North American robot sales up in 2019
According to new figures from the Robotic Industries Association, the largest driver of this growth was an increase in orders from automotive OEMs, followed by plastics and rubber, and food and consumer goods.
Robot orders in North America were up 5.2 per cent through the third quarter of this year, with 23,894 robotic units ordered, a value of US$1.3 billion.
That’s according to new stats released on Nov. 21 from the Ann Arbor, Mich.-based Robotic Industries Association (RIA).
Looking at third-quarter results only, North American companies ordered 7,446 robots, valued at US$438 million. Both units ordered and revenue are up one per cent in the quarter compared to 2018.
According to RIA, the largest driver of the year-to-date growth in units ordered was an increase in orders from automotive OEMs at 47 per cent, followed by plastics and rubber at 15 per cent, and food and consumer goods at 4 per cent.
“We continue to see improvement in the robotics market,” RIA president Jeff Burnstein said in a statement. “At this time last year, we saw a dip in orders of around 15 per cent, so it’s encouraging to see a recovery through the third quarter. We hope to end the year strong and see growth in 2020 as well.”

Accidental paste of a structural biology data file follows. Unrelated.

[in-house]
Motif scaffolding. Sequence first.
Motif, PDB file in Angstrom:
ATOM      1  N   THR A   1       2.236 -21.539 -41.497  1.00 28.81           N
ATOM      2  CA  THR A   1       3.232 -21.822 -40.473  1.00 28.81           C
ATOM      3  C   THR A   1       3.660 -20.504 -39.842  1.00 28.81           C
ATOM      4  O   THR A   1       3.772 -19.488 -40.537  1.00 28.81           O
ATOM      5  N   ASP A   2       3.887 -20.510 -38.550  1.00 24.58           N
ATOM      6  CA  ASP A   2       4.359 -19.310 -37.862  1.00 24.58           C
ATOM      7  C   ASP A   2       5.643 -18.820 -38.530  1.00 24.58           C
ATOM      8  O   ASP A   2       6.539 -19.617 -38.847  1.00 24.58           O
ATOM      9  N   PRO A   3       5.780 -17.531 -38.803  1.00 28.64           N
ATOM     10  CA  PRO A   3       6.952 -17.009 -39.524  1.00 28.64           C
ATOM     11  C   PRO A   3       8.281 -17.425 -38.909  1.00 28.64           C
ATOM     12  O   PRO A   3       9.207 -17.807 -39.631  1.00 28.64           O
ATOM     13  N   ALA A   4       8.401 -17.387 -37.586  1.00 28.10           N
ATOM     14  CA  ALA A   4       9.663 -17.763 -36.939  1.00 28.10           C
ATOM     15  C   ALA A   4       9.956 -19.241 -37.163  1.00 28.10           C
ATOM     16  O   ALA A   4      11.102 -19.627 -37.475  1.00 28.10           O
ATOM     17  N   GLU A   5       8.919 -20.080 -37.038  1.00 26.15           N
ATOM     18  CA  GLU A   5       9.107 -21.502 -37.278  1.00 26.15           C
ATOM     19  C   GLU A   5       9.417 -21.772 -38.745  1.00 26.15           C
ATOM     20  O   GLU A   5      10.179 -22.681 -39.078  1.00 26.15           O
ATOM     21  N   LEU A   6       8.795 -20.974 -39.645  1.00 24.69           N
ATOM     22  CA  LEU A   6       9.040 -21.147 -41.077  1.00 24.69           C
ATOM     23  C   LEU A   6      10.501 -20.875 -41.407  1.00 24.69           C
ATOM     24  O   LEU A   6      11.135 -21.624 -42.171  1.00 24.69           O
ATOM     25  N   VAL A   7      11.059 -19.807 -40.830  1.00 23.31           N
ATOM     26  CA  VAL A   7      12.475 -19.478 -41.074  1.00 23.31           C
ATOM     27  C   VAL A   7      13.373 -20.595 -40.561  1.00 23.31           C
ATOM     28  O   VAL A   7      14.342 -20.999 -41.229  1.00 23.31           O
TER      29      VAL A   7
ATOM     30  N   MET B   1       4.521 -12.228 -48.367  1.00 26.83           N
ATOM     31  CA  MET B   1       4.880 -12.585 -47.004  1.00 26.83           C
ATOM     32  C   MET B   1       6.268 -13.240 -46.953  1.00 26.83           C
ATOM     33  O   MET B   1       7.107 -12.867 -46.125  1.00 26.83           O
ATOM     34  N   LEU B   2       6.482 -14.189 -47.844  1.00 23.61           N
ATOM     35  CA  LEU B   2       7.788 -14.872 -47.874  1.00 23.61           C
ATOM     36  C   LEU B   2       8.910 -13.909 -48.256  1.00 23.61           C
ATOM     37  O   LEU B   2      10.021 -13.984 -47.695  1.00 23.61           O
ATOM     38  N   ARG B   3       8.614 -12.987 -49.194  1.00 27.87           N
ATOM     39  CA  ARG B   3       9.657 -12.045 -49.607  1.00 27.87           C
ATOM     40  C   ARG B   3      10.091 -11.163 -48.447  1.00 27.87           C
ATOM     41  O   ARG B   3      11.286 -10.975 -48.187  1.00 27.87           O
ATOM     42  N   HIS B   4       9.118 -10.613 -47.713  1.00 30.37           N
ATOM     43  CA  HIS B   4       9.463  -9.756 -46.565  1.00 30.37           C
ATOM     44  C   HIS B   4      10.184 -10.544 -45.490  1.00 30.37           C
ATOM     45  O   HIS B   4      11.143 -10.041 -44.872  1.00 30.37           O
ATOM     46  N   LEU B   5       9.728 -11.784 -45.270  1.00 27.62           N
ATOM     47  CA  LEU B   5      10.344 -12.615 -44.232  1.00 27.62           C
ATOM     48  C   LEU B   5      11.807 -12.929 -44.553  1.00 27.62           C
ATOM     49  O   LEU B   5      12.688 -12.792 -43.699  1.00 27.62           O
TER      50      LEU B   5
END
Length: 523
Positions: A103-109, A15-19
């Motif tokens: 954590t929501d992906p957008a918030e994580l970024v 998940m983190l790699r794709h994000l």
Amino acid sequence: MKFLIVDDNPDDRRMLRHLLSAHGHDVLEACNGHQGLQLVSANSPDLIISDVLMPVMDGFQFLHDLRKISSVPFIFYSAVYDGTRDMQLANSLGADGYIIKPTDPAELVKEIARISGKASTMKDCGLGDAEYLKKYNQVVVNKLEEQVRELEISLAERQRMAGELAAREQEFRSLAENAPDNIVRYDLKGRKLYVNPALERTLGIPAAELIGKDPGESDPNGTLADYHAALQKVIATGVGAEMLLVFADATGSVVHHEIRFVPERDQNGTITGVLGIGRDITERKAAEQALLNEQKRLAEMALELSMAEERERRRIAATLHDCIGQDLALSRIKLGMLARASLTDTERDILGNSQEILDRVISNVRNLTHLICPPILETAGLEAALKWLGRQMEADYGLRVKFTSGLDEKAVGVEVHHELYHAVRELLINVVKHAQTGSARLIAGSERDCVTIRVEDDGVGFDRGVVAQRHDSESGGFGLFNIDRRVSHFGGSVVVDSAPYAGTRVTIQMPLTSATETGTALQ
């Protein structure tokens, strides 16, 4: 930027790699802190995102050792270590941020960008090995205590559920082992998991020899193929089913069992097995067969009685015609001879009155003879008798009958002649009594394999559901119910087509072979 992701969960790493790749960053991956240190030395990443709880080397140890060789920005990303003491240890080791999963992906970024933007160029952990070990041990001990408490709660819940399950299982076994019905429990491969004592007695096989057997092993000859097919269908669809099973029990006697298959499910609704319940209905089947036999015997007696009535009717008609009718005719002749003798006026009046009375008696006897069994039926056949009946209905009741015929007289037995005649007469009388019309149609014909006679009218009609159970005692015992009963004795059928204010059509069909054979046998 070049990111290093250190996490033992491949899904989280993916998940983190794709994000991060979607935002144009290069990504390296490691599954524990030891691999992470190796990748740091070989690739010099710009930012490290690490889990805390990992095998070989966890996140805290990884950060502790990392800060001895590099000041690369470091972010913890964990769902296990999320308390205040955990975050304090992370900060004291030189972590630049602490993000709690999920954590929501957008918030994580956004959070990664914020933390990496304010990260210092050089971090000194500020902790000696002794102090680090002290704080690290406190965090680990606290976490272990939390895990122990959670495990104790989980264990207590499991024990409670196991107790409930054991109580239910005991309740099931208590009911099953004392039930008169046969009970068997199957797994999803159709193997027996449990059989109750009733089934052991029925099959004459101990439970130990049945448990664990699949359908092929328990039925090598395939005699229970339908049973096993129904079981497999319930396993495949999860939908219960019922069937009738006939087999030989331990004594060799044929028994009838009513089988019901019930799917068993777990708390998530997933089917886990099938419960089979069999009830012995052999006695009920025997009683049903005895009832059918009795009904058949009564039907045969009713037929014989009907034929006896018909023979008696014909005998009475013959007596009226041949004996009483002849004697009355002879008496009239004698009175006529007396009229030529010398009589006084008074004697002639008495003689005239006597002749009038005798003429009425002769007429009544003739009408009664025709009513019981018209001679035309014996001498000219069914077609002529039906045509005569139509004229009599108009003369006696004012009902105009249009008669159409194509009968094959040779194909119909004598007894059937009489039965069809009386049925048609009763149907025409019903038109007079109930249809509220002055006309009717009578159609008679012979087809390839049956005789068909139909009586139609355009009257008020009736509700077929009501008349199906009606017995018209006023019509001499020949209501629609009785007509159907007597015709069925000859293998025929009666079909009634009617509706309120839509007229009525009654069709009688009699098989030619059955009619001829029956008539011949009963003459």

Burnstein said he sees strong interest in robotics from companies that have never invested in robots before, citing the fact that prospective users from a wide variety of industries were among the 300+ attendees at the recent Collaborative Robots, Advanced Vision and AI Conference the association sponsored in San Jose, Calif.
In addition, orders from non-automotive customers remain near record numbers, a “healthy sign” for the long-term growth of the robotics industry, Burnstein said.
RAI also said that the increase in the use of robotics and other forms of automation is actually helping create and save jobs, “unlike the narrative many politicians continue to spread.” For example, recent research shows that over the past 22 years, in every period that robot sales went up, unemployment in the U.S. went down. “Conversely, when robot sales went down, unemployment went up,” RIA said. “In fact, during the greatest period of expansion of robot use in America – from 2010 to today – around 180,000 robots have been shipped to American companies, and more than 1.2 million new manufacturing jobs were created. Unemployment has dropped from almost 10 per cent to under 4 per cent”.